Keeping Your BBS Alive
Once you're online and have a growing list of callers, your work is really just beginning. The long-term success of your system depends on how hard you work at keeping calls coming in. Here are a few basic tips:
1. Don't let your BBS get stale. Add new files for downloading and keep updating versions of the public domain software and shareware available on your system. Keep the message areas up-to-date by deleting old messages.
2. Answer your mail. You'll get a lot of messages from your users. If you fail to.reply, they'll stop calling, so try to respond to every message within 24 hours.
3. Introduce new features. By offering your callers new and interesting things to do on your system, you'll keep them calling back.
4. Be responsive. If your users have complaints or request changes in your system, give these suggestions careful consideration.
5. Practice safe BBSing. Be on the lookout for users who cause trouble on your system, and advise them to stop unpleasant activities. If they persist, you'll need to delete their accounts. It only takes one or two troublemakers to drive away your users.
Advanced BBS Features
While most BBSs succeed nicely with just the basic services, there are three popular additions you can make to your BBS once it's running smoothly.
Door programs. There are hundreds of special programs you can add to your system. Door programs run alongside your BBS, giving your callers modem access to games, information databases, and more. You'll find many of these programs in-the BBS forums of CompuServe and other online services.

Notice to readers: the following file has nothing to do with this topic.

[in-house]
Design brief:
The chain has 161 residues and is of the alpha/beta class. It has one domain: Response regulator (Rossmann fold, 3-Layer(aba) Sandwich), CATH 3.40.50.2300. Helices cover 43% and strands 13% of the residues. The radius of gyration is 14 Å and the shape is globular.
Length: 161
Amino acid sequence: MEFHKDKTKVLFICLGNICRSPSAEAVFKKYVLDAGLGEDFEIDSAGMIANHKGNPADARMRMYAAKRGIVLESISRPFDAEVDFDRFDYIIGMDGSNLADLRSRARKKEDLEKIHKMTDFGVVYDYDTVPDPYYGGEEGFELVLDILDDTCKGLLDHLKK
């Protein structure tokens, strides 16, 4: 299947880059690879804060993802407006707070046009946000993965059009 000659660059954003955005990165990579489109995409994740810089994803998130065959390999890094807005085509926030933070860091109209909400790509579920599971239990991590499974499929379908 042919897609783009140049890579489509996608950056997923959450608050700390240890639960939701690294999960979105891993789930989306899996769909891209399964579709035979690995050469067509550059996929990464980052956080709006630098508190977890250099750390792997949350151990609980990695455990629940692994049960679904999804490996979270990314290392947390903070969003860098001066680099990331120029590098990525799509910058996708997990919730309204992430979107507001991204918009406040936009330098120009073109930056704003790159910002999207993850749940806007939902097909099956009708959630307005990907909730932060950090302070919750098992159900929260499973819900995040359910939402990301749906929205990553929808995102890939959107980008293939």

Net mail. Several networks exist to link up BBSs all over the country. These systems let your users exchange messages with any other users on the network. Your system will call the network automatically once a day to send and receive messages. The most popular of these systems is FIDONET. You can get information on joining a network by calling any BBS on the network.
Multiple lines. If running a BBS becomes more than just a hobby for you or if your system just gets too busy, you may want to consider adding additional phone lines. Most .contemporary BBS software allows this. You'll need more equipment, additional phone lines, and more time, but your users will appreciate fewer busy signals and the ability to chat with each other online.
Running a BBS isn't for everyone. It takes a lot of work, but the experience of being a sysop on a busy BBS offers a kind of satisfaction that's hard to find in any other field. If you enjoy communicating with others and are willing to give up a little time each day, running your own BBS could easily become a very important part of your life.